Lounge access usually comes standard for those travelling in Business or First Class, as well as for passengers holding elite status travelling in any cabin.

But did you know that you are often given access to multiple lounges, even if you aren’t told so at check-in? In this guide, I explain how to figure out which lounges you can get into, and which ones to focus your efforts on.

The importance of alliances

Most frequent flyers will know that airlines often are part of one of the big three alliances: Star Alliance, SkyTeam or oneworld (in order from largest to smallest).

This means that if you are flying on Qantas in a premium cabin, i.e. Business or First Class, or if you hold elite status, then you should be able to access not only Qantas lounges but also those of their oneworld partners like Cathay Pacific and American Airlines.

Qantas Lounge Hong Kong Bar

Qantas passengers in Hong Kong can access the awesome Qantas lounge

Cathay Pacific The Pier Business Class Lounge

…or the awesome-r Cathay Pacific The Pier lounge!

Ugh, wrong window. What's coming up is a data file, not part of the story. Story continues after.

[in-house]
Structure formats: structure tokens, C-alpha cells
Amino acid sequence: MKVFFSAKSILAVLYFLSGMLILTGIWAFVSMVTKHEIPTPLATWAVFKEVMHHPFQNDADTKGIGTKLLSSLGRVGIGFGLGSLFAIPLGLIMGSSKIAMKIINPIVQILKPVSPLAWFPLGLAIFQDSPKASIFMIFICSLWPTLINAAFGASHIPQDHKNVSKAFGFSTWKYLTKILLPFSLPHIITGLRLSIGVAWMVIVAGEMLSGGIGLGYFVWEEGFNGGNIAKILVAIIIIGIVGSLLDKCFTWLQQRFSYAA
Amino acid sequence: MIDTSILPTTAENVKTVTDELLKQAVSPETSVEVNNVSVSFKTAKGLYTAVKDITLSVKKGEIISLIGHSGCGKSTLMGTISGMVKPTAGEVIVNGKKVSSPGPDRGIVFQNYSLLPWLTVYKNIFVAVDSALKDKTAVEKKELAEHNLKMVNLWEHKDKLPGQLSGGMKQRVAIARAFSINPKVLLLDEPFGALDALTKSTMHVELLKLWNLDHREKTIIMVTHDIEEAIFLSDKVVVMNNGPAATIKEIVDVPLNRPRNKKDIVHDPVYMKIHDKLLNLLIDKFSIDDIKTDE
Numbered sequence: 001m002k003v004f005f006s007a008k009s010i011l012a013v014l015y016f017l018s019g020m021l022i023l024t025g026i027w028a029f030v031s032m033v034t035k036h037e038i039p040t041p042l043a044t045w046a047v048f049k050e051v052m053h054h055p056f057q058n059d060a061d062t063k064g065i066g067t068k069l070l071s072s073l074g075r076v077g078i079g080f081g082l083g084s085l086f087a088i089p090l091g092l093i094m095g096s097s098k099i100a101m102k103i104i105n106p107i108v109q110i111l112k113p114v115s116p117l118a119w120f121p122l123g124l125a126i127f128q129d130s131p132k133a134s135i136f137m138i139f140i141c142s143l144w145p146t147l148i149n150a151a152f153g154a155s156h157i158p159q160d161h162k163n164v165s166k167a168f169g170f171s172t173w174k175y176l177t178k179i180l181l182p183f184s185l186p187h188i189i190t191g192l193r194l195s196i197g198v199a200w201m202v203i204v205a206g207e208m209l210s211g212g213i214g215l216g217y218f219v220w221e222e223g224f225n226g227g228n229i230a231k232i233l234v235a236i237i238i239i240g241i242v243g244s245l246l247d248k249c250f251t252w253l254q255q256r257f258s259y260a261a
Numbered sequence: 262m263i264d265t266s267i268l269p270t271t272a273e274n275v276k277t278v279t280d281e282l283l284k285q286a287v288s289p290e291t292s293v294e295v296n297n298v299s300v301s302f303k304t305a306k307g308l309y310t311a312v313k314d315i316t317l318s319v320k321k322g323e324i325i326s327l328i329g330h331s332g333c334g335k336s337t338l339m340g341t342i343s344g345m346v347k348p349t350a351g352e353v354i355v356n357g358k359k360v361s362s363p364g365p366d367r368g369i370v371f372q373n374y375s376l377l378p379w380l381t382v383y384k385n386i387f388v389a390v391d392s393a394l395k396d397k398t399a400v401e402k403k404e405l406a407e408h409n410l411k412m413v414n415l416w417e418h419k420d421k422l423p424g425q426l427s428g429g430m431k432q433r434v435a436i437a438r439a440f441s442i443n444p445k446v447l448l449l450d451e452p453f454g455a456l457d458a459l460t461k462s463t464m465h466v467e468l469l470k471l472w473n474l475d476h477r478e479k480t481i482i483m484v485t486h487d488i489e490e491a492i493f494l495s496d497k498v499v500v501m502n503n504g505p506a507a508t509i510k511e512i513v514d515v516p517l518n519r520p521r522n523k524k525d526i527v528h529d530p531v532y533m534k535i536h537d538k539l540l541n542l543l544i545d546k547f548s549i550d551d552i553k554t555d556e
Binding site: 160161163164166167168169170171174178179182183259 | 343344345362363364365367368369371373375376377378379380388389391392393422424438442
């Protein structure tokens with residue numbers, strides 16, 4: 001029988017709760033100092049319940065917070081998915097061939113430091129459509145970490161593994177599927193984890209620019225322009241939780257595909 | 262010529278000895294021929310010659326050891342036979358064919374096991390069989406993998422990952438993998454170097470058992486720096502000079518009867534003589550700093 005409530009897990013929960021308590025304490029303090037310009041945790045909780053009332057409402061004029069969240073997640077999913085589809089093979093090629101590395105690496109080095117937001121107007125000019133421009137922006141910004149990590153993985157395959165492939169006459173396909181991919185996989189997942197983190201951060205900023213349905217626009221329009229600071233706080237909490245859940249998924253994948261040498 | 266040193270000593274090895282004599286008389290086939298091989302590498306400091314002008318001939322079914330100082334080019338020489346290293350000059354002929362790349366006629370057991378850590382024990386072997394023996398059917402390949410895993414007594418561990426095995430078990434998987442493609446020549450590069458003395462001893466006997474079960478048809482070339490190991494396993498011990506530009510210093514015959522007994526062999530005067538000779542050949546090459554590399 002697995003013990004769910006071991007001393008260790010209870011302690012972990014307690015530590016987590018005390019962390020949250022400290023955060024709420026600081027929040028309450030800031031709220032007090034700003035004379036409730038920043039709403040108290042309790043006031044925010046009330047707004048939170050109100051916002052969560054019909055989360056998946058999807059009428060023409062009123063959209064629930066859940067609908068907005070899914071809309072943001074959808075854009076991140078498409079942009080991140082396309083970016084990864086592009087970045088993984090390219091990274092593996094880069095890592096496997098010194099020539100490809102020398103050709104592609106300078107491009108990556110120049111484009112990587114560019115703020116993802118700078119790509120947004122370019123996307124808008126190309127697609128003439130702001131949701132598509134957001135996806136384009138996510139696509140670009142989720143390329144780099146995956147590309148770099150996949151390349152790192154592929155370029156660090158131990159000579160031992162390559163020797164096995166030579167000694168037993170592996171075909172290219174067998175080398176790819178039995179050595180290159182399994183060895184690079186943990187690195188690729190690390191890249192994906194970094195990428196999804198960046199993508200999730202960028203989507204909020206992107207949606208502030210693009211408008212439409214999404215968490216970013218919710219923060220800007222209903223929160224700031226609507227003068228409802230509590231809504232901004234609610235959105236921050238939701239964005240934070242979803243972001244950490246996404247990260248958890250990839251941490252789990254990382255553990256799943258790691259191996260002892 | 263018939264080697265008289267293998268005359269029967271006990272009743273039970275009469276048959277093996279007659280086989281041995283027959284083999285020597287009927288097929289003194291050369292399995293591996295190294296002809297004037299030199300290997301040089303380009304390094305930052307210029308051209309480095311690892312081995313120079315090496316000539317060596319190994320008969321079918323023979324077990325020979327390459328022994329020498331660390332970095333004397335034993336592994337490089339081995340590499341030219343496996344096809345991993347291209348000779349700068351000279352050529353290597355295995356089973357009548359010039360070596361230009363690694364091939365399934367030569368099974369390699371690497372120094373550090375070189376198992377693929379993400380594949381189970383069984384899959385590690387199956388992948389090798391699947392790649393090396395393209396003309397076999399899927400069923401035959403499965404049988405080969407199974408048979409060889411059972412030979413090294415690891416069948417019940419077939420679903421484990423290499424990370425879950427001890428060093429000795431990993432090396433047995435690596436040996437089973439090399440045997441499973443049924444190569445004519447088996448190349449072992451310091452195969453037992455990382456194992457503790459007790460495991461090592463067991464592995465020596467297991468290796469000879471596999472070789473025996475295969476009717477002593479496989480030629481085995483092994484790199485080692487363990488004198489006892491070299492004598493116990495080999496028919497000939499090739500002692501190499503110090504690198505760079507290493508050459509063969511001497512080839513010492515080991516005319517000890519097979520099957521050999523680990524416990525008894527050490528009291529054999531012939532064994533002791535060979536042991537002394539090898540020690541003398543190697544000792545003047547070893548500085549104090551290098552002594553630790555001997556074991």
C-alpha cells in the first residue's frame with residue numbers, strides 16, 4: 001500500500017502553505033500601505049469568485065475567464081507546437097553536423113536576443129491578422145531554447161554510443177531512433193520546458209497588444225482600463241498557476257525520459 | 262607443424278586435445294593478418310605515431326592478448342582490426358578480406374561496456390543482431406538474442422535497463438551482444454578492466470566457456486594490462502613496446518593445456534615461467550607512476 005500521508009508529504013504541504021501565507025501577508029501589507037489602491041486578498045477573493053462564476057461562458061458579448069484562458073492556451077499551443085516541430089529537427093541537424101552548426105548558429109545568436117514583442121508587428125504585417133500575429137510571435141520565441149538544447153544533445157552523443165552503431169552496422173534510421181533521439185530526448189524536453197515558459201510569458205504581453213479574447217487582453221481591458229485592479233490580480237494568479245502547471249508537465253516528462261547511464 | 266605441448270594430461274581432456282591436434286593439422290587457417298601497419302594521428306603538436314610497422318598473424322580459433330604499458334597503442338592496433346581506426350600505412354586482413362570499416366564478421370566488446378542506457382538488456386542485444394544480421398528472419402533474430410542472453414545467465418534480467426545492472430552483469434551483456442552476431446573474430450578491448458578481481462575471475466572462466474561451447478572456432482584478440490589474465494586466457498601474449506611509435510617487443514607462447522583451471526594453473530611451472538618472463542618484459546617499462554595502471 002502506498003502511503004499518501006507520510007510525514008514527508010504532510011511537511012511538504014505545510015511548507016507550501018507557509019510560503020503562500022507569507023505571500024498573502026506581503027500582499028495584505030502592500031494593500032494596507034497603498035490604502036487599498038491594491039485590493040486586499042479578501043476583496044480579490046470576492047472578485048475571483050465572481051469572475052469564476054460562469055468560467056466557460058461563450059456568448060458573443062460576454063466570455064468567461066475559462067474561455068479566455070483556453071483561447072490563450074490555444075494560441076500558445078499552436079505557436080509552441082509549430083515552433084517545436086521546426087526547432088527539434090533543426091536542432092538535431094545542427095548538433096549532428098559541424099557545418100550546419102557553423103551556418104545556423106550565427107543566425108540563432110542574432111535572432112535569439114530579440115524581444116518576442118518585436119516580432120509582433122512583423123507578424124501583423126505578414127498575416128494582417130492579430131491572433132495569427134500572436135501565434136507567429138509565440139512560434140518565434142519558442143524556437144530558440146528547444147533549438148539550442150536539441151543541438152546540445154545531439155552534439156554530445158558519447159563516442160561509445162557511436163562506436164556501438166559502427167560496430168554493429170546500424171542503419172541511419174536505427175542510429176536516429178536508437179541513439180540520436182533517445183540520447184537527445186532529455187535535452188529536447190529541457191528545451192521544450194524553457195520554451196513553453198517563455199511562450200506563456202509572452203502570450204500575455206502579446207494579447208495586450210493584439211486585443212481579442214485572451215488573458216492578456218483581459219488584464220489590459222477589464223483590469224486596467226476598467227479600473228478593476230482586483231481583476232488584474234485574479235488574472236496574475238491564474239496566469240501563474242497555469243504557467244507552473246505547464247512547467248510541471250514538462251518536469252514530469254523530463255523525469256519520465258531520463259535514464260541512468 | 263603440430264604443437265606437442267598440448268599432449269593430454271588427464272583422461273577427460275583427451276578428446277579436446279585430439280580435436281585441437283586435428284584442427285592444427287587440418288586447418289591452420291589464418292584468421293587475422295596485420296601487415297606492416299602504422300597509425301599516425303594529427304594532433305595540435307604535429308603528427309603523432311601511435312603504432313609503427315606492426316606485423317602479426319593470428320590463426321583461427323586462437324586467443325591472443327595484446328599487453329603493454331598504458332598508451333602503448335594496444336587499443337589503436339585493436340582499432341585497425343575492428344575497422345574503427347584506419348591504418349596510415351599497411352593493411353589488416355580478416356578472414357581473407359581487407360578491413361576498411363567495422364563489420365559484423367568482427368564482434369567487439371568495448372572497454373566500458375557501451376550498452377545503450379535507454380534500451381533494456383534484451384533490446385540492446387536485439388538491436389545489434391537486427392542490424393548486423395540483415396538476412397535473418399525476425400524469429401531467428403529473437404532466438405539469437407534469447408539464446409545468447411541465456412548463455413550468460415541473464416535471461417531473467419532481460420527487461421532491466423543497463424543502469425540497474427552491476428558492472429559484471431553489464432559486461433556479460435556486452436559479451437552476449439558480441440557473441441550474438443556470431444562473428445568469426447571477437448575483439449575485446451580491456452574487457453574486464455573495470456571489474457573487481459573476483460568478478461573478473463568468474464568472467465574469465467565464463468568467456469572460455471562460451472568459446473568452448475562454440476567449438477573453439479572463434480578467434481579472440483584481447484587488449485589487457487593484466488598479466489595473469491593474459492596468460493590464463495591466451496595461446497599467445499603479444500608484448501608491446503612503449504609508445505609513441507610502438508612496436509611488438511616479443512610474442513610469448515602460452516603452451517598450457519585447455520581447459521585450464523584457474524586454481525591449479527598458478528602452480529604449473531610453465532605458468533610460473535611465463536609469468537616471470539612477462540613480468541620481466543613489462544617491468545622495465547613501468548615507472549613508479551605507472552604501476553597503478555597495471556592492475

As Virgin Australia is not part of any alliance, the lounge options for Virgin Australia passengers are more limited.

Not sure which alliance the airline you are flying is a part of? It’s easy—just plug into Google the [airline name] + alliance, like for Singapore Airlines (which is part of Star Alliance):

Google Singapore Airlines Alliance

Important disclaimers

  • You may be refused entry due to space constraints—this is especially common at Emirates lounges for Qantas passengers if there is a Qantas lounge available
  • The hours of operation of the lounge may not match up to your departing flight
  • A lounge may be closed for renovation
  • You don’t have to limit your visit to just one lounge—you can bounce between multiple lounges if you meet the entry requirements